“Keep Learning” – Roan Lavery HD Live Conference 2012
“It gave a tremendous level of self-confidence, that through exploration and learning one could understand seemingly very complex things in one’s environment.” – Steve Jobs
#HDlive 1st November 2012 An educational perspective
It started with a conversation and a coffee in the summer with organisers John Moss and John Connolly: ‘wouldn’t it be great if some students could come to the HD Live 2012 conference?’ After explaining the aims and keynote speakers, I was sold. I instinctively booked 20 tickets and then set about the task of planning for the conference.
There is always an element of risk: will students get it? Will I even convince 20 students to come? It would fall at half term and therefore the students would have to give up their own time. I fundamentally believe in opportunities like this for young people. It is vital they get the chance to attend and learn from experts. This is learning in the real world and first hand from industry experts. In the end we took 16 students and 4 staff to the event. The students who attended, either had an interest in technology, where talented in ICT (Information Communication Technology) or where undertaking a computing qualification. Students ranged from aged 14 – 16, in Years 9 to 11. They were very enthusiastic about the event and I had some great comments from parents who also felt it would be a great experience.
Over the years I have found it vital to match the students to an activity, planning for events and identifying the students with an interest is crucial. From the very first keynote from Evan Davis, I knew we had made the right decision. He referred to the fact of careers ever changing and that people are currently working in jobs that didn’t exist 5 years ago. Evan talked about the current economic climate, the importance of connecting and going out to making things happen. This covered a number of lessons from business studies, economics, history and technology. I was immensely proud of one of our students, Callum, who after listening to Evans keynote asked: “is Siemens potentially an industrial manufacturing revolution for Hull?” Thus, demonstrating not only had he listened to Evan’s keynote but that he had applied his knowledge and then had the confidence to be able to act on it. You can’t teach character, I hadn’t briefed students to ask question, he was enterprising and took the opportunity.
Every keynote included some aspect of learning, from the latest technology to how to start up a business. Roan Lavery referred to the importance to keep learning and delivered a first class presentation. My highlight of the event was Fraser Speirs, an apple guru and education technology visionary. I completely agree with his hopes from the future for open educational resources and informal learning (although there are significant barriers to overcome).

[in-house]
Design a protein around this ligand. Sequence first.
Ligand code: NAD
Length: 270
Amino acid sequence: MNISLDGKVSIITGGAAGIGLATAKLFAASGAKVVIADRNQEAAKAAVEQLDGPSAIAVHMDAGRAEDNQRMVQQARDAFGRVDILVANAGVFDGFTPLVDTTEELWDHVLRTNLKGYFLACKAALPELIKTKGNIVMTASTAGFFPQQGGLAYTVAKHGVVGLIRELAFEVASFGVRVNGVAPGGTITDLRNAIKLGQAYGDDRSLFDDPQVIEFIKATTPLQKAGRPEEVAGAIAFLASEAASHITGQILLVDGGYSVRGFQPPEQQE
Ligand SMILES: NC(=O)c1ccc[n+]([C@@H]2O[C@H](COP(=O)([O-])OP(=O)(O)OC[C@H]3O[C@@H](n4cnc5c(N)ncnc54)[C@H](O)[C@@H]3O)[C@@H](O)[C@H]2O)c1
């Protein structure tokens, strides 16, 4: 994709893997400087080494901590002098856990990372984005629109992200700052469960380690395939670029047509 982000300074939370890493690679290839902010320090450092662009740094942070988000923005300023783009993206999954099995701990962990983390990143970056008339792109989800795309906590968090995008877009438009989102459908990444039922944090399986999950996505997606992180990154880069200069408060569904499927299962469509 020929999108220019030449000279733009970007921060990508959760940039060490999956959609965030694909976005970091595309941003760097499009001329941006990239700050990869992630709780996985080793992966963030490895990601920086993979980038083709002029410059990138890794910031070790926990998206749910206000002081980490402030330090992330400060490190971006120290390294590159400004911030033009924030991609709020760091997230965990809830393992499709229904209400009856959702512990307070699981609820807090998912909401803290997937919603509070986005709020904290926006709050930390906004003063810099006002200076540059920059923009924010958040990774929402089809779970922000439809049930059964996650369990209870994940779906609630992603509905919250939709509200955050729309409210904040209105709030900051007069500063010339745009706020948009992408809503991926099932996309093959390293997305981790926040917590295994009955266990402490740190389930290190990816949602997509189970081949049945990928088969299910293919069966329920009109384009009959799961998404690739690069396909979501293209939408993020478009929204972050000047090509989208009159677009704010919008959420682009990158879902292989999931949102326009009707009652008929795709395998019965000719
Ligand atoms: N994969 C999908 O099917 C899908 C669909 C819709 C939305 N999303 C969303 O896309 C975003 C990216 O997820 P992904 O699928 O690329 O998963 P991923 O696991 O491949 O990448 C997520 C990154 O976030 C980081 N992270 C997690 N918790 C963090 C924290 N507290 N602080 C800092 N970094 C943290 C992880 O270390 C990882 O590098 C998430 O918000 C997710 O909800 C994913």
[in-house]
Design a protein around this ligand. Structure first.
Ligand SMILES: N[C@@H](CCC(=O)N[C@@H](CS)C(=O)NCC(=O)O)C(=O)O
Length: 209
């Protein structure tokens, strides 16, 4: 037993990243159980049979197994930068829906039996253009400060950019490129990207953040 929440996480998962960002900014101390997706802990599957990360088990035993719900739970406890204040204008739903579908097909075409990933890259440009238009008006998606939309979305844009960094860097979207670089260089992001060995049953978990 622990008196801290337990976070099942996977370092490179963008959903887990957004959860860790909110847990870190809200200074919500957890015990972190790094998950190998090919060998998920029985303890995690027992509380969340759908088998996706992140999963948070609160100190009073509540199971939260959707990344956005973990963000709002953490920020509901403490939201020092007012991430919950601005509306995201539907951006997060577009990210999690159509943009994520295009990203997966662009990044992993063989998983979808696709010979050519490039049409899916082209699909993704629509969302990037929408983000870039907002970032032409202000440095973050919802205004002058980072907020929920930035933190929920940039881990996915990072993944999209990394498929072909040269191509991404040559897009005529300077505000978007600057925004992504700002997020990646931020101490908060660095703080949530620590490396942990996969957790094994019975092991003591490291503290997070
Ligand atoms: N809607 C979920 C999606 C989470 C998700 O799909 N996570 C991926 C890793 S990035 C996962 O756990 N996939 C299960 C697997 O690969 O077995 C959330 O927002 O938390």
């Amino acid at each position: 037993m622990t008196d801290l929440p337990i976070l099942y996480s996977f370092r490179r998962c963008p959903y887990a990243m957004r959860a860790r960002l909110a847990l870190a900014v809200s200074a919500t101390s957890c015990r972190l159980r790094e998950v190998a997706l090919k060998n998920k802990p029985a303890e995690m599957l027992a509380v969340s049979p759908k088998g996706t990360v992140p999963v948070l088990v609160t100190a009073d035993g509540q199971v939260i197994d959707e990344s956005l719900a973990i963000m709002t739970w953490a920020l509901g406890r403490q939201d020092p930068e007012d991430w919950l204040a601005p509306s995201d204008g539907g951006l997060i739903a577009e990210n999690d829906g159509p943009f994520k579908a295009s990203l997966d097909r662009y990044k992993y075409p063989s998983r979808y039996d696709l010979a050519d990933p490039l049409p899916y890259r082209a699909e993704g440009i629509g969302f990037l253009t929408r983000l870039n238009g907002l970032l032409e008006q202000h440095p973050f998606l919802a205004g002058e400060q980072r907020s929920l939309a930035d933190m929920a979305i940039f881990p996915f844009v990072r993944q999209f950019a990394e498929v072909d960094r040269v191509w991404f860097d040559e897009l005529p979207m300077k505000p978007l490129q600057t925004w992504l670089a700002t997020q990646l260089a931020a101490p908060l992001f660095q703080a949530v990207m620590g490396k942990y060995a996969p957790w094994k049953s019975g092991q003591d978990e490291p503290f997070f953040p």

Students had to sit through 5 different presentations. Difficult you may think, well this wasn’t the case. Each speaker spoke about a different topic, in their own superb presentation style. Bobbie Johnson, the last speaker was a great hit with students, with his 7 lies about the Internet. Funny, engaging and a very good way to end the event! Students were engrossed and listened intently with some making lots of notes. Experience and the opportunity to learn first hand from industry experts is something we could in no way replicate in a curriculum. This provides a first class outstanding enrichment experience for students, one I am sure one they will not forget.
Hull University Business School
Hull Business School as a venue, was superb, most students had never been before and were taken back with the facilities. Students mixed with business and soaked up the atmosphere. What better an advert for raising aspirations than a University and inspirational people, although I am not implying that all have to go to University. Hopefully students can see their future; maybe their future employer was at the event or perhaps they maybe a future entrepreneur employing other people. Or better still, maybe they will be there presenting in the future with the next big thing in technology.
So what’s the impact? I don’t know! For some students it could be this weekend for others, it may be next year. The most important thing from my perspective was to give them the opportunity: if students take away one thing from the event then I feel it was worth it. I will be finding out their thoughts and will share these with you soon.
This was fantastic CPD for two of my colleagues and me. Providing current up to date information on technology in this region and nationally. Our next challenge is to keep current and providing students with the opportunity to develop ideas.
For more information on HDlive check out the following links: